March is a Fenland market town and was the county town of the Isle of Ely from 1889 to 1965. The town grew by becoming an important railway centre. Like many Fenland towns, March was once an island surrounded by marshes and occupied the second largest "island" in the Great Level. March is situated on the banks of the old course of the navigable River Nene, and today mainly used by pleasure boats. Modern March lies on the course of the Fen Causeway, a Roman road, and there is evidence of Roman settlements in the area.
St Wendreda's Church - Just opposite the entrance to Spire View
St Wendreda, to whom the church is dedicated, is the town's own saint and the only known church dedication to this saint is here. She is celebrated on 22nd January. She was a daughter of the 7th-century Anglo-Saxon King Anna of East Anglia (killed 654) one of the first Christian Kings of the kingdom of East Anglia. Two of her sisters, Etheldreda and Sexburgha, who were the abbesses of Ely and Minster-in-Sheppey respectively, are better known saints.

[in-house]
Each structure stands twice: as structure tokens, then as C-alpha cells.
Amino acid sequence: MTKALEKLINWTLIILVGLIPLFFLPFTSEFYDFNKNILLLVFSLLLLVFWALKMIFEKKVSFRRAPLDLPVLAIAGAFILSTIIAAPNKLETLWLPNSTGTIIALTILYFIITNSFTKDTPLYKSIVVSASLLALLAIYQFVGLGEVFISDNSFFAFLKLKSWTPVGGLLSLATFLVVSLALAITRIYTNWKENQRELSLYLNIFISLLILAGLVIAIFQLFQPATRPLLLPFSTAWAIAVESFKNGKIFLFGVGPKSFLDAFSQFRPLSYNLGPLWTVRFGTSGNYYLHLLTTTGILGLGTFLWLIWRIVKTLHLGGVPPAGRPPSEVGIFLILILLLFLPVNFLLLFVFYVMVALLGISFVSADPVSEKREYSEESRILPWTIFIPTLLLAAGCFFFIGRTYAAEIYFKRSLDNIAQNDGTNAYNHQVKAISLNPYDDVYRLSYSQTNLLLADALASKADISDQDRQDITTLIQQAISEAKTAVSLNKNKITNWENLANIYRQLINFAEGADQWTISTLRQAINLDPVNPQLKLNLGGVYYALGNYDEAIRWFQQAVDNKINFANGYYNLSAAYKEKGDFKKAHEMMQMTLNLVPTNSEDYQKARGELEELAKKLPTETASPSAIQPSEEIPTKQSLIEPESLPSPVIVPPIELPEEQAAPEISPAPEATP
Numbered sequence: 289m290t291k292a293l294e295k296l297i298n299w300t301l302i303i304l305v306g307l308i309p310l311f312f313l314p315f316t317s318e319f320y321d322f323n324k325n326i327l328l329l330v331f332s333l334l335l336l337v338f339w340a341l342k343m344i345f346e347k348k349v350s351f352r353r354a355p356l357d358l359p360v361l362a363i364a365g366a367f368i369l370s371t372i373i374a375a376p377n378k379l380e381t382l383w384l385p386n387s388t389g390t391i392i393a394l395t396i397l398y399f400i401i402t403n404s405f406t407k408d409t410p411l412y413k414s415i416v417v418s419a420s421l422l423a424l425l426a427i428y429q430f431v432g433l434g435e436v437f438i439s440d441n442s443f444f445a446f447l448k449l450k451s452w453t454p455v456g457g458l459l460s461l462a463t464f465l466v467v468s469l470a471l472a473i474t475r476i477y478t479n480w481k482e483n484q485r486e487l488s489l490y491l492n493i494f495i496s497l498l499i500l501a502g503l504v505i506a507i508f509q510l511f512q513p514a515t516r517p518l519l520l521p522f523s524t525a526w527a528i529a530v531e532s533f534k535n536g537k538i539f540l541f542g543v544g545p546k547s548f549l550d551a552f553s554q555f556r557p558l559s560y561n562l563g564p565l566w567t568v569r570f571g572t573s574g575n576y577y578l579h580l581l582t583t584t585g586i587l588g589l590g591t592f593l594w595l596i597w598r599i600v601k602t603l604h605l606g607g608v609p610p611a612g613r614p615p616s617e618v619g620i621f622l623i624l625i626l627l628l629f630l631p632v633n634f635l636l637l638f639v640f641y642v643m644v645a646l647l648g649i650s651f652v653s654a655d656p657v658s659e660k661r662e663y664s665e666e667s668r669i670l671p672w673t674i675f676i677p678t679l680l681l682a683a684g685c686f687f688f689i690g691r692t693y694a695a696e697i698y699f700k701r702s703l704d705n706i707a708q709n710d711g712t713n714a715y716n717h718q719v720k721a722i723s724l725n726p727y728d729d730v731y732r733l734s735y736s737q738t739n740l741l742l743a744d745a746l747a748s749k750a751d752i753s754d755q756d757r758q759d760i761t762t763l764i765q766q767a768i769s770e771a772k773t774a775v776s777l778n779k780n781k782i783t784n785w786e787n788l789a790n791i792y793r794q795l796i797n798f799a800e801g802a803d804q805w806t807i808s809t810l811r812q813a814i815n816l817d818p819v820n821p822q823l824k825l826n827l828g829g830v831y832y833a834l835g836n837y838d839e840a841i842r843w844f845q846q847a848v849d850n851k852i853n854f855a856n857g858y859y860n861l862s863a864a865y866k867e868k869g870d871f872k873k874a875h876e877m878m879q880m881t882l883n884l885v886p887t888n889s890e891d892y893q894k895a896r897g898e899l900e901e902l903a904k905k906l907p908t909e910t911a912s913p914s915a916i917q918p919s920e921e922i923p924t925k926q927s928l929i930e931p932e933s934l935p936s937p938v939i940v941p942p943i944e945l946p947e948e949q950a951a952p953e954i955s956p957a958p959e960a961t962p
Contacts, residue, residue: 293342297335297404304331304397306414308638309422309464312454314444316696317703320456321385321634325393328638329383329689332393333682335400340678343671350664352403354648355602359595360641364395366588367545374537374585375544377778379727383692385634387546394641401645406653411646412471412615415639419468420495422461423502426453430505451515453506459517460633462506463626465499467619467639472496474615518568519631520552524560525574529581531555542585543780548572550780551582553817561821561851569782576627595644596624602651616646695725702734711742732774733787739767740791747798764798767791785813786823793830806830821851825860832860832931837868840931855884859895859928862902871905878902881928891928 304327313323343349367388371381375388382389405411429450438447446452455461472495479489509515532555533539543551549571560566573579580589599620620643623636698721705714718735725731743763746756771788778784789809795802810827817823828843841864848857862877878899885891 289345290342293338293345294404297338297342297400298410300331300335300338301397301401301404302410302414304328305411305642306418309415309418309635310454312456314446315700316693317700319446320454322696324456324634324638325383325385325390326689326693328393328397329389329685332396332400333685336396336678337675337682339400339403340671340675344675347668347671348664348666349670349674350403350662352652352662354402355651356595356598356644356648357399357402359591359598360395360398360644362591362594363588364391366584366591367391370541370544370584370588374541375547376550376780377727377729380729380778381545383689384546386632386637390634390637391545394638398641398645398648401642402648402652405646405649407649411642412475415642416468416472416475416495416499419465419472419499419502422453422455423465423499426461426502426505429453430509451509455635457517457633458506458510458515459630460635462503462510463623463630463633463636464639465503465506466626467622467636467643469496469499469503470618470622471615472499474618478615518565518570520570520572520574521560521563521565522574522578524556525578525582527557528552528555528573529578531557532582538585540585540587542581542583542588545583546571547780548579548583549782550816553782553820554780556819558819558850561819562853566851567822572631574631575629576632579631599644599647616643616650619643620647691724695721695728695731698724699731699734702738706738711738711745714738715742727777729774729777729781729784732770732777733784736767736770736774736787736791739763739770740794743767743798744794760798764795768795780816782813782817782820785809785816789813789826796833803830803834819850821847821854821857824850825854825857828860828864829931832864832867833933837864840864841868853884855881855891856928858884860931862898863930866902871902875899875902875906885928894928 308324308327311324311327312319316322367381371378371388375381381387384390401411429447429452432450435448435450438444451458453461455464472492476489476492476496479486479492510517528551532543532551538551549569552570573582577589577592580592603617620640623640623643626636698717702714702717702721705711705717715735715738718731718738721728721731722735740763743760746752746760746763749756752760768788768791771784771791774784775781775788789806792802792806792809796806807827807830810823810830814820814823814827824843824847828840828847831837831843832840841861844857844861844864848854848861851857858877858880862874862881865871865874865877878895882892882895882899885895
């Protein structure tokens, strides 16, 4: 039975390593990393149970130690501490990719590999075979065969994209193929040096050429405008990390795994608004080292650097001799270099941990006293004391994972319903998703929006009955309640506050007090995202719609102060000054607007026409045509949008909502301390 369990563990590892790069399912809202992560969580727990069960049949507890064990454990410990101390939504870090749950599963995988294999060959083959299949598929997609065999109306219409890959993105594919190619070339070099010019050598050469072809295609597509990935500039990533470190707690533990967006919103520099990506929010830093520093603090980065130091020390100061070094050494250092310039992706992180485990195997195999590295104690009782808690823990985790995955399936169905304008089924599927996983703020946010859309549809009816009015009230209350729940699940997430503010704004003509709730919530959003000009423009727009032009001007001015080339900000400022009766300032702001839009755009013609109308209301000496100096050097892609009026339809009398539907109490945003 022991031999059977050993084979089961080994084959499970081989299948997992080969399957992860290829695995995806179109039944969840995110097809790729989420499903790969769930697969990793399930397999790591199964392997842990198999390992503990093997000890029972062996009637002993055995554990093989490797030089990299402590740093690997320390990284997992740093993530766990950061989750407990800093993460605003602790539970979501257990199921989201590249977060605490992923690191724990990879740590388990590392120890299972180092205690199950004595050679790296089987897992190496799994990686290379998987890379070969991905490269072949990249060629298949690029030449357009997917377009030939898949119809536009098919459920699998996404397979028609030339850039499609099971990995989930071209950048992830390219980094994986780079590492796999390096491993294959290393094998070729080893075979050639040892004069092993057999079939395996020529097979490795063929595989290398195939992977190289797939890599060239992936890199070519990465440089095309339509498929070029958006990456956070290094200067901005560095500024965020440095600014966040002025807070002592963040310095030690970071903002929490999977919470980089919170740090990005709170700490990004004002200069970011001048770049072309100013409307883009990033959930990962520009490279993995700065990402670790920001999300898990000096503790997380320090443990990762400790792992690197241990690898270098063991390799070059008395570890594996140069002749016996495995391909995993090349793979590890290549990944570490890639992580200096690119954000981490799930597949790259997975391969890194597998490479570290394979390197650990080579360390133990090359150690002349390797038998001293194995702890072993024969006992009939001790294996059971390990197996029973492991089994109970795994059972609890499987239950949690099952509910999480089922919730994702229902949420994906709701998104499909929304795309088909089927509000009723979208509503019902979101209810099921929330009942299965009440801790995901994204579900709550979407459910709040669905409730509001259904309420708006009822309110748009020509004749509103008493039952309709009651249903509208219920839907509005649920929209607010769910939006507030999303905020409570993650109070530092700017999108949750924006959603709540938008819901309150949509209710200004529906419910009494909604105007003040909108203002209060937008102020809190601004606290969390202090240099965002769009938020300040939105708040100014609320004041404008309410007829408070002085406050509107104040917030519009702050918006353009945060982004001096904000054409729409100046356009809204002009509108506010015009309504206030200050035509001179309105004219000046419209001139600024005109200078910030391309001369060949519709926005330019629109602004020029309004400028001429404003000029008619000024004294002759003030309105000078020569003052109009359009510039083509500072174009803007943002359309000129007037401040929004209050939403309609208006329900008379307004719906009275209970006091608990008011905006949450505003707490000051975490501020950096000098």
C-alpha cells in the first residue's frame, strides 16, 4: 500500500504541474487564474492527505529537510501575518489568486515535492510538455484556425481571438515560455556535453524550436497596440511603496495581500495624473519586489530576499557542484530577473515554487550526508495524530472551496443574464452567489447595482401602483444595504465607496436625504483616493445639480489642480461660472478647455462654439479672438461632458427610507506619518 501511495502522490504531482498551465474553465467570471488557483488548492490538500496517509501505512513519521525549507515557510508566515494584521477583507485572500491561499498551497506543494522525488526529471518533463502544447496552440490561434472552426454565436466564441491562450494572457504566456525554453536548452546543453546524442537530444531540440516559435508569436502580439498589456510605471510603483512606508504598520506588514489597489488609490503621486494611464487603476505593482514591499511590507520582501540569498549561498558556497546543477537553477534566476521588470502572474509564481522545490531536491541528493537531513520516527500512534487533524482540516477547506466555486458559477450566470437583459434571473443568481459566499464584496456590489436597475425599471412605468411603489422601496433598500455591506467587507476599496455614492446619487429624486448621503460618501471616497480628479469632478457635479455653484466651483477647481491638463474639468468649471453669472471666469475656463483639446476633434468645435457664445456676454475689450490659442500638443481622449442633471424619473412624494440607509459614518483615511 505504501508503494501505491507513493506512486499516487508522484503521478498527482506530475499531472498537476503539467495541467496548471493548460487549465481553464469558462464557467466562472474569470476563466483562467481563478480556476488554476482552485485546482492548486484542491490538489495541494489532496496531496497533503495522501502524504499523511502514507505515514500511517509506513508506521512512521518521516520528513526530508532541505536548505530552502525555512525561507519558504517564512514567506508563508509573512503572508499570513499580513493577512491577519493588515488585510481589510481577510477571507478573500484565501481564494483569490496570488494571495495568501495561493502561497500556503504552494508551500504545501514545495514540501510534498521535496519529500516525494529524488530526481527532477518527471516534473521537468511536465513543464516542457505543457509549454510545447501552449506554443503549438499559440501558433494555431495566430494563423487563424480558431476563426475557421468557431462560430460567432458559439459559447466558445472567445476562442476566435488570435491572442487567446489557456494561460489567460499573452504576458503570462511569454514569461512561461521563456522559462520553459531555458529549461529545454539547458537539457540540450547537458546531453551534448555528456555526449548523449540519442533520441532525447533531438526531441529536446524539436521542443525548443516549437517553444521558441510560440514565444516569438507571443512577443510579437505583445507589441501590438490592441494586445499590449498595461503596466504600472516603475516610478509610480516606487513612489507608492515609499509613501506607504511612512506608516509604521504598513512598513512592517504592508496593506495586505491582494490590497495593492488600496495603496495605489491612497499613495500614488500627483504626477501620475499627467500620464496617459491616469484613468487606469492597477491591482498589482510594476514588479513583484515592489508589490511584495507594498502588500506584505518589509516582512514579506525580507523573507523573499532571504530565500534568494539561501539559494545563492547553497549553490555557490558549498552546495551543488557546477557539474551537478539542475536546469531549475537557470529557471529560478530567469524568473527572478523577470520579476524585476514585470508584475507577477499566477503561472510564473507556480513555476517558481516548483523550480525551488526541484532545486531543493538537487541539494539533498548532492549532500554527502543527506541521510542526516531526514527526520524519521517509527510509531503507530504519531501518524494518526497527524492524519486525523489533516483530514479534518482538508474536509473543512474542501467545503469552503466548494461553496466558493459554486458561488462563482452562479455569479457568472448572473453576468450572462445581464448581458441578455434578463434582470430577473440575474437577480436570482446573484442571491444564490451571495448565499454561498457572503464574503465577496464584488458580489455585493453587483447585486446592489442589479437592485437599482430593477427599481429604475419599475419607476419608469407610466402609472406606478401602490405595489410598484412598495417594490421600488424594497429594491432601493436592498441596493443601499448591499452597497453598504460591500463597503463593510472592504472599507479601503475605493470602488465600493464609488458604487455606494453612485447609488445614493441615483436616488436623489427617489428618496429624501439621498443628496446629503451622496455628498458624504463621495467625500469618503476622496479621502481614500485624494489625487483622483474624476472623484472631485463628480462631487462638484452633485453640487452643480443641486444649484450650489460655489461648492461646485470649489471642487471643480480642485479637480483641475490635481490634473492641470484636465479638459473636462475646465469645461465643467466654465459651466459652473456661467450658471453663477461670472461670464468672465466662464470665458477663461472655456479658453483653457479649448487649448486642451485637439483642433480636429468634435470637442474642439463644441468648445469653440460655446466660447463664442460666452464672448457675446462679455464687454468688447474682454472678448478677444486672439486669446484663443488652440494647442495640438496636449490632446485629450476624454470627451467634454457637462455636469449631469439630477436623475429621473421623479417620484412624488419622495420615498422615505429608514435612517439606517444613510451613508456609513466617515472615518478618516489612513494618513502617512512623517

The saint's relics were enshrined in gold in Ely Cathedral, until in 1016 they were carried off to battle in the hope they would bring victory to Edmund Ironside, the son of King Ethelred. But at the Battle of Ashingdon the army of King Canute captured the relics and he presented them to Canterbury Cathedral. In 1343 the relics were returned to March, but their final resting place is unknown.
The church is known for its magnificent double-hammer beam roof and together with 120 carved angels it is regarded as one of the best of its kind and John Betjeman described the church as "worth cycling 40 miles in a head wind to see".